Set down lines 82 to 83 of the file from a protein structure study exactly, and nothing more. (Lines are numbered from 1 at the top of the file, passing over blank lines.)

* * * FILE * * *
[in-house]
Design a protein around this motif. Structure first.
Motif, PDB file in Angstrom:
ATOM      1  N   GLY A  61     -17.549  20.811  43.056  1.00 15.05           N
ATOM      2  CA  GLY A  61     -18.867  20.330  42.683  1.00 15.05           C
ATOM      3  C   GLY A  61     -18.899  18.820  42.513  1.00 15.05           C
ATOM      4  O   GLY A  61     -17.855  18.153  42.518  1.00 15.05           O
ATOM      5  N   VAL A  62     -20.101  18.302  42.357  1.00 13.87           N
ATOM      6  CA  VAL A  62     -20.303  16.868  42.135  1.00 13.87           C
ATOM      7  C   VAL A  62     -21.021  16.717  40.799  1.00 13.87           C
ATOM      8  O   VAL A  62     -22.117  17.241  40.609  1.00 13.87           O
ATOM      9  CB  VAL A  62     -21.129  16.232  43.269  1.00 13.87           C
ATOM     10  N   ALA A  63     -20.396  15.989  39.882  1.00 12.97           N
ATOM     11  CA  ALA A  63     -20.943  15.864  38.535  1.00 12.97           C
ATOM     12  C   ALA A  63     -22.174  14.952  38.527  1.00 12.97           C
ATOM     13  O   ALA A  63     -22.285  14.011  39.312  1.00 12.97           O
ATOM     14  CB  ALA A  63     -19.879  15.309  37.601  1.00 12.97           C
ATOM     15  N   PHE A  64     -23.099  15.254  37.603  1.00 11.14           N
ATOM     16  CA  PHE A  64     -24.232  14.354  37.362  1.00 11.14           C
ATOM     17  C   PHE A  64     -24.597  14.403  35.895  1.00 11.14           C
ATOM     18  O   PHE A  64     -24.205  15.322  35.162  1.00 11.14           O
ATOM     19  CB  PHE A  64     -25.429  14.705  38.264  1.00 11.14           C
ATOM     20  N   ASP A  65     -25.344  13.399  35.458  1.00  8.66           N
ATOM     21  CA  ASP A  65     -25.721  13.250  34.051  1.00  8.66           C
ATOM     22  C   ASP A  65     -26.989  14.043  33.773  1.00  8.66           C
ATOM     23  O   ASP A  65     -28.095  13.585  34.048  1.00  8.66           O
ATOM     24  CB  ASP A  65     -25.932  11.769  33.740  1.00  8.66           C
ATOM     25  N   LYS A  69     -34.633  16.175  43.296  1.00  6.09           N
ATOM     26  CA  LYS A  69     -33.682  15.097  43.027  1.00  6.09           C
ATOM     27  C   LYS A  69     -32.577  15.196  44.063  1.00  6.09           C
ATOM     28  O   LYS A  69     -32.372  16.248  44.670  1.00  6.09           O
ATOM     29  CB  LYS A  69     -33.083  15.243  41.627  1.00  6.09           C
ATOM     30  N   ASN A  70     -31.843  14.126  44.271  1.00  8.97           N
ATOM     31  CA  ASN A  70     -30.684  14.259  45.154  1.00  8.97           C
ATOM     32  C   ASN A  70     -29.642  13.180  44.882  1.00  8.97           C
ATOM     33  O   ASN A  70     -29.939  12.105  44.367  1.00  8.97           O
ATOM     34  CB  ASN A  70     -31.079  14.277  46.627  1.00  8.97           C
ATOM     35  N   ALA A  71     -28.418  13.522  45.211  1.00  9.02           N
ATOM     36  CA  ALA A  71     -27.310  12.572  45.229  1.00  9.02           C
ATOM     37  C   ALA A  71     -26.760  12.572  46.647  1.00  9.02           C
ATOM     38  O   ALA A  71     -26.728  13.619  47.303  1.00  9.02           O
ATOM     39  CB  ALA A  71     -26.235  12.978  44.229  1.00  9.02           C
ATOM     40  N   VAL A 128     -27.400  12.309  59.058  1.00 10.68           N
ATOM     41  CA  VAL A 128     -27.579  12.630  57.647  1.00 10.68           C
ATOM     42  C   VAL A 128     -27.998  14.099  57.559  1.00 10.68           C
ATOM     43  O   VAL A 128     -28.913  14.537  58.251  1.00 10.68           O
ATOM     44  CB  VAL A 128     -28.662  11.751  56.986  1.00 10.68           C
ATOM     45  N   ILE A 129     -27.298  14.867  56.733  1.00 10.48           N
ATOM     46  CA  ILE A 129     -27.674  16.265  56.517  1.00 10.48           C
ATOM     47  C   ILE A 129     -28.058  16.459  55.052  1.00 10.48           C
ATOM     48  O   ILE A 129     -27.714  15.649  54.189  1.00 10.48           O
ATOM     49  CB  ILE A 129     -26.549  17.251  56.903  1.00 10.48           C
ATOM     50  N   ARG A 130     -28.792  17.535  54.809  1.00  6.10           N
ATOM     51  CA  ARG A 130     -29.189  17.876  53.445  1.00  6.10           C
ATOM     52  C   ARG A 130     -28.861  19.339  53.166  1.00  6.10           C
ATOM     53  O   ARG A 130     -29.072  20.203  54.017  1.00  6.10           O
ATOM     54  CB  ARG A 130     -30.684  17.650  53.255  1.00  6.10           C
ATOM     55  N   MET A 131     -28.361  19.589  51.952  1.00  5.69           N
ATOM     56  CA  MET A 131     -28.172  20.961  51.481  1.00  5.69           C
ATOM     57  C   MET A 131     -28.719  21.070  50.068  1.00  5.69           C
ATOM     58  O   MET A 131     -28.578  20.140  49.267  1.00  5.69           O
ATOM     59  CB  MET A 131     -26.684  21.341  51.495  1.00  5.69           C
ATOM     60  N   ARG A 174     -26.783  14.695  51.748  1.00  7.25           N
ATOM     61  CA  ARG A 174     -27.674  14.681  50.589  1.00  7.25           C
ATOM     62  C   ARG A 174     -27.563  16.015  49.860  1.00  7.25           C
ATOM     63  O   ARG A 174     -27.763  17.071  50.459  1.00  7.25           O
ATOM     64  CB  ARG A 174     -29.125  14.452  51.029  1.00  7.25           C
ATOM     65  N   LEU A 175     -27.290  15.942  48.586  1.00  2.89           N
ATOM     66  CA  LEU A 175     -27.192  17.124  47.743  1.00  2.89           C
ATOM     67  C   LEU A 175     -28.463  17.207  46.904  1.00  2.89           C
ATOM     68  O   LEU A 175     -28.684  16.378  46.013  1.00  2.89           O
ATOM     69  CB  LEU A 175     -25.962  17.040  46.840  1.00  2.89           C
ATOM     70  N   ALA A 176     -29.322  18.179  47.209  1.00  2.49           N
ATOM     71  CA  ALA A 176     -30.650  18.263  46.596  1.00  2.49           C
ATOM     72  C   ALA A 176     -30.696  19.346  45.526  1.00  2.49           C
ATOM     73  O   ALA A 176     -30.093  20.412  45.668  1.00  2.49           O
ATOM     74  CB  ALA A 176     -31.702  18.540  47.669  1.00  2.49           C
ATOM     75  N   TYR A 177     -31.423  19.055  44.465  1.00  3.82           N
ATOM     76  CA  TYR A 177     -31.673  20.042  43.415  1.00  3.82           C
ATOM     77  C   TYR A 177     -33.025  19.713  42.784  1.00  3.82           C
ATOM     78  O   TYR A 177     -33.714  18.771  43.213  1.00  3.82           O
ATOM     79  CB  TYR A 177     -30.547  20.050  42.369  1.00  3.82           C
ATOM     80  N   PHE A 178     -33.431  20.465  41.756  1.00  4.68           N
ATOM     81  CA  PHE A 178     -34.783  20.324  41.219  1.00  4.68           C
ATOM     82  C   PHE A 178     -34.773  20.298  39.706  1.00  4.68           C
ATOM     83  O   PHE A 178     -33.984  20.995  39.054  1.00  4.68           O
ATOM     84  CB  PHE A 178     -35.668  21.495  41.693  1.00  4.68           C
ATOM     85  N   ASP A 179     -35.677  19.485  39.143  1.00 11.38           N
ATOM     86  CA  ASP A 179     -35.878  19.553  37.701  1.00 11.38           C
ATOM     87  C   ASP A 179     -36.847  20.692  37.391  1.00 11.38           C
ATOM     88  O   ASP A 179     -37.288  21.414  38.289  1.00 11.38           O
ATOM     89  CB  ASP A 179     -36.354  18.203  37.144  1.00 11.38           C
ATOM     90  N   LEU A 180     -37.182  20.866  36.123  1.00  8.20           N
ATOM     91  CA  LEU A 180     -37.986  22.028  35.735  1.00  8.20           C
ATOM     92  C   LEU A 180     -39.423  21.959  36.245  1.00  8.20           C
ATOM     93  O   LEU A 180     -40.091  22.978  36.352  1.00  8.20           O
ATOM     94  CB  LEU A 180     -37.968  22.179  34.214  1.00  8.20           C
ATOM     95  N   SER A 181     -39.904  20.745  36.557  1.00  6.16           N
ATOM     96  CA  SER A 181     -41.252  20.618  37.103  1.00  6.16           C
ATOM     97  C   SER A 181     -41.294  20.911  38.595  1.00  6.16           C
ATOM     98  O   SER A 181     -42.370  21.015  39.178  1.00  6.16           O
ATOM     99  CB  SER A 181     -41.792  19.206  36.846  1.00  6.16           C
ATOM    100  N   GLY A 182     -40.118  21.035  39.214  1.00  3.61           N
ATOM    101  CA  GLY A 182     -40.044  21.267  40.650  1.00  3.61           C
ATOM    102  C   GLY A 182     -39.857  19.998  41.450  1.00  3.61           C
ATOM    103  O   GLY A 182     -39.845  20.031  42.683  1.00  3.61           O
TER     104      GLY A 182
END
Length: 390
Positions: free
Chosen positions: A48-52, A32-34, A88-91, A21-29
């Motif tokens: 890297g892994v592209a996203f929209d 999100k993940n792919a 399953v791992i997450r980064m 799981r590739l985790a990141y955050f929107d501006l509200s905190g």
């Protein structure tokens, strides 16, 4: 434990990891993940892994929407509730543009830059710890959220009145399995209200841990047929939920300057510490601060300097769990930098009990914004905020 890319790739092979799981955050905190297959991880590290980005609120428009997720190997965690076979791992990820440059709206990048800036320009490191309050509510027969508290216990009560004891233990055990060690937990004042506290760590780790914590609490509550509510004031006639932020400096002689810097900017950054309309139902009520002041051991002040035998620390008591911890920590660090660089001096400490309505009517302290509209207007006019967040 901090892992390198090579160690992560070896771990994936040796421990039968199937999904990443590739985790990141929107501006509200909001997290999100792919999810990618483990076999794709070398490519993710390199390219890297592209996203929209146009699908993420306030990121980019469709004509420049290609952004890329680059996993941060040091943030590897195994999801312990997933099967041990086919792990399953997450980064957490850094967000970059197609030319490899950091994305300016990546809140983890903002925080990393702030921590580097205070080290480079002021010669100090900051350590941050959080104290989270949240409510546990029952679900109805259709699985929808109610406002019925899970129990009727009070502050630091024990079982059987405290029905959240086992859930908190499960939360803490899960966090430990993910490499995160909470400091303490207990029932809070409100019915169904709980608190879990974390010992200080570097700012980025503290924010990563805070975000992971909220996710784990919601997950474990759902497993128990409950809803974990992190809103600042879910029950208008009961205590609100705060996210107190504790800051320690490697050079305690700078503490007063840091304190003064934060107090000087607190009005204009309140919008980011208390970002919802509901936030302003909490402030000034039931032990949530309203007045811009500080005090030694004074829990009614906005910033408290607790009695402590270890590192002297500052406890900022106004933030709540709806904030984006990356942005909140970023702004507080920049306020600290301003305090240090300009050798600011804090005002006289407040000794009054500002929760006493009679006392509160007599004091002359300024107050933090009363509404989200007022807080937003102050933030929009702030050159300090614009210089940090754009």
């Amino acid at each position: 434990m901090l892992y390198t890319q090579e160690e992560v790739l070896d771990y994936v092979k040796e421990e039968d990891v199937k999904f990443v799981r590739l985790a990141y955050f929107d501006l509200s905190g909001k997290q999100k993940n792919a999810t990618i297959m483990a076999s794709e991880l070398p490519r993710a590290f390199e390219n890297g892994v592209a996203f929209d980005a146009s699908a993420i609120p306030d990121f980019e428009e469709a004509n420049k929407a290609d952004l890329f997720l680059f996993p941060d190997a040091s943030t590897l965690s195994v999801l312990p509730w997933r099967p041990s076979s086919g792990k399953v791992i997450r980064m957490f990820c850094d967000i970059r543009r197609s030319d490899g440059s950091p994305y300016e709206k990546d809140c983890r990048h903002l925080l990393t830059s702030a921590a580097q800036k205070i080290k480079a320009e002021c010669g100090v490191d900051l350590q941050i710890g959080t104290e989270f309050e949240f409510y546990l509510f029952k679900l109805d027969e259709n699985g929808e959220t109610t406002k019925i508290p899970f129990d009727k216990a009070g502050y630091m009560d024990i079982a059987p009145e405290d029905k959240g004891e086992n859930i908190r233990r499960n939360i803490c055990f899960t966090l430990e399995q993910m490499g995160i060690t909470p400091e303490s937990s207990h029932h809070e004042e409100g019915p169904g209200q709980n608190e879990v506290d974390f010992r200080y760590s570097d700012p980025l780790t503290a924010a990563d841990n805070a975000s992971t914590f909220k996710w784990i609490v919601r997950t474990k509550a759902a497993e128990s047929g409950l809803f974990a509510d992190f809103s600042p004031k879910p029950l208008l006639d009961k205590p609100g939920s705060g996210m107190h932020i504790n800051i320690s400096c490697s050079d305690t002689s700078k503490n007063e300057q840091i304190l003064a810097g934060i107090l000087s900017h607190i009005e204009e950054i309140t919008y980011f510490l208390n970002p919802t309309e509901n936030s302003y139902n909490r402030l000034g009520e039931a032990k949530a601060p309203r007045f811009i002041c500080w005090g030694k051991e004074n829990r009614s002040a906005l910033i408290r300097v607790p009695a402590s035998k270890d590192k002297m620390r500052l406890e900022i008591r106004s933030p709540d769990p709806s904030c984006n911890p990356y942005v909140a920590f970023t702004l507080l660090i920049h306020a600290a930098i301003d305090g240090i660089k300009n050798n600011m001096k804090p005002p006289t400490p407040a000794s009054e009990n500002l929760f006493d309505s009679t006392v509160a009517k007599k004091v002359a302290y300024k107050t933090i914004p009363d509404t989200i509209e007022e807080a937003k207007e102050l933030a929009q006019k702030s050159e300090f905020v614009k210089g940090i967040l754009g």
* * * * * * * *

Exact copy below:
ATOM     79  CB  TYR A 177     -30.547  20.050  42.369  1.00  3.82           C
ATOM     80  N   PHE A 178     -33.431  20.465  41.756  1.00  4.68           N